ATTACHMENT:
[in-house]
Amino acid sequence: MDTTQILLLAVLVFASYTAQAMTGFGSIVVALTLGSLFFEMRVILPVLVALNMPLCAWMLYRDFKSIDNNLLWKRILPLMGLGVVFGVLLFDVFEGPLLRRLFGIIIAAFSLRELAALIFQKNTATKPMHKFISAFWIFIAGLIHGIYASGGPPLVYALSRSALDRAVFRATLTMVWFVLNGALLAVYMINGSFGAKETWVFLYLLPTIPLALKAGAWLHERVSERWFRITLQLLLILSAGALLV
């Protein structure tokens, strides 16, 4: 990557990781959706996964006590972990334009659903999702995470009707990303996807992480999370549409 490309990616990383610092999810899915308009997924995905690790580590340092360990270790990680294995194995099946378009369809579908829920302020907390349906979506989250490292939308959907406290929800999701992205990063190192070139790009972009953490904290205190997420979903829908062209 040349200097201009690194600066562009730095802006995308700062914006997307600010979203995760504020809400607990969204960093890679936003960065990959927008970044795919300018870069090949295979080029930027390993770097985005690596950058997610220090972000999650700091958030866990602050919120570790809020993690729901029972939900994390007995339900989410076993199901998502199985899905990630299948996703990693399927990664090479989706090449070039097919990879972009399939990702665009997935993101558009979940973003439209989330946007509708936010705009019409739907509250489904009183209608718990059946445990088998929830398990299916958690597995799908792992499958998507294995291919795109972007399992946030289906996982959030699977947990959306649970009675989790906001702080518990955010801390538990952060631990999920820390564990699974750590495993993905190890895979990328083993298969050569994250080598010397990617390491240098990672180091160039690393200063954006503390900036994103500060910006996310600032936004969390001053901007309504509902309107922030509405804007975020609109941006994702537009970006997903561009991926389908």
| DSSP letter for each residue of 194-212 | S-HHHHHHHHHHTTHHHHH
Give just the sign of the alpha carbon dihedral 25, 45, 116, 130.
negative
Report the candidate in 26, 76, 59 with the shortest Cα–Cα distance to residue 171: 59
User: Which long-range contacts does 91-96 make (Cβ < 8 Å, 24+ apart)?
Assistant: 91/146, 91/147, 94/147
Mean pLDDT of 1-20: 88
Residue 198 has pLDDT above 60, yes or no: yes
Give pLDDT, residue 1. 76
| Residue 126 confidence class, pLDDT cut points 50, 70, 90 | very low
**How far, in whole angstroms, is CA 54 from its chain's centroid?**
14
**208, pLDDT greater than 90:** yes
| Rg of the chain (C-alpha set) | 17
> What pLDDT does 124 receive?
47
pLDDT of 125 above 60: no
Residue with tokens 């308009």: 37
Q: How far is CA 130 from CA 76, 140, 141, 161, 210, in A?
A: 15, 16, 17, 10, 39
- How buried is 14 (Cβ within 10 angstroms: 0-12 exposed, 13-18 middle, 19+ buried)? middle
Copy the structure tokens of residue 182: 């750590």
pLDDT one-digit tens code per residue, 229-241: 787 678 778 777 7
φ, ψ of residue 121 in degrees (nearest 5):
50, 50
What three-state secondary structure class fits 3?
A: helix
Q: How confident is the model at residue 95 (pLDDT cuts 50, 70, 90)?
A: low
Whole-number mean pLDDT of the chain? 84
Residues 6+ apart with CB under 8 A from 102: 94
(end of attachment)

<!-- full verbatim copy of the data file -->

[in-house]
Amino acid sequence: MDTTQILLLAVLVFASYTAQAMTGFGSIVVALTLGSLFFEMRVILPVLVALNMPLCAWMLYRDFKSIDNNLLWKRILPLMGLGVVFGVLLFDVFEGPLLRRLFGIIIAAFSLRELAALIFQKNTATKPMHKFISAFWIFIAGLIHGIYASGGPPLVYALSRSALDRAVFRATLTMVWFVLNGALLAVYMINGSFGAKETWVFLYLLPTIPLALKAGAWLHERVSERWFRITLQLLLILSAGALLV
């Protein structure tokens, strides 16, 4: 990557990781959706996964006590972990334009659903999702995470009707990303996807992480999370549409 490309990616990383610092999810899915308009997924995905690790580590340092360990270790990680294995194995099946378009369809579908829920302020907390349906979506989250490292939308959907406290929800999701992205990063190192070139790009972009953490904290205190997420979903829908062209 040349200097201009690194600066562009730095802006995308700062914006997307600010979203995760504020809400607990969204960093890679936003960065990959927008970044795919300018870069090949295979080029930027390993770097985005690596950058997610220090972000999650700091958030866990602050919120570790809020993690729901029972939900994390007995339900989410076993199901998502199985899905990630299948996703990693399927990664090479989706090449070039097919990879972009399939990702665009997935993101558009979940973003439209989330946007509708936010705009019409739907509250489904009183209608718990059946445990088998929830398990299916958690597995799908792992499958998507294995291919795109972007399992946030289906996982959030699977947990959306649970009675989790906001702080518990955010801390538990952060631990999920820390564990699974750590495993993905190890895979990328083993298969050569994250080598010397990617390491240098990672180091160039690393200063954006503390900036994103500060910006996310600032936004969390001053901007309504509902309107922030509405804007975020609109941006994702537009970006997903561009991926389908």
| DSSP letter for each residue of 194-212 | S-HHHHHHHHHHTTHHHHH
Give just the sign of the alpha carbon dihedral 25, 45, 116, 130.
negative
Report the candidate in 26, 76, 59 with the shortest Cα–Cα distance to residue 171: 59
User: Which long-range contacts does 91-96 make (Cβ < 8 Å, 24+ apart)?
Assistant: 91/146, 91/147, 94/147
Mean pLDDT of 1-20: 88
Residue 198 has pLDDT above 60, yes or no: yes
Give pLDDT, residue 1. 76
| Residue 126 confidence class, pLDDT cut points 50, 70, 90 | very low
**How far, in whole angstroms, is CA 54 from its chain's centroid?**
14
**208, pLDDT greater than 90:** yes
| Rg of the chain (C-alpha set) | 17
> What pLDDT does 124 receive?
47
pLDDT of 125 above 60: no
Residue with tokens 């308009």: 37
Q: How far is CA 130 from CA 76, 140, 141, 161, 210, in A?
A: 15, 16, 17, 10, 39
- How buried is 14 (Cβ within 10 angstroms: 0-12 exposed, 13-18 middle, 19+ buried)? middle
Copy the structure tokens of residue 182: 């750590």
pLDDT one-digit tens code per residue, 229-241: 787 678 778 777 7
φ, ψ of residue 121 in degrees (nearest 5):
50, 50
What three-state secondary structure class fits 3?
A: helix
Q: How confident is the model at residue 95 (pLDDT cuts 50, 70, 90)?
A: low
Whole-number mean pLDDT of the chain? 84
Residues 6+ apart with CB under 8 A from 102: 94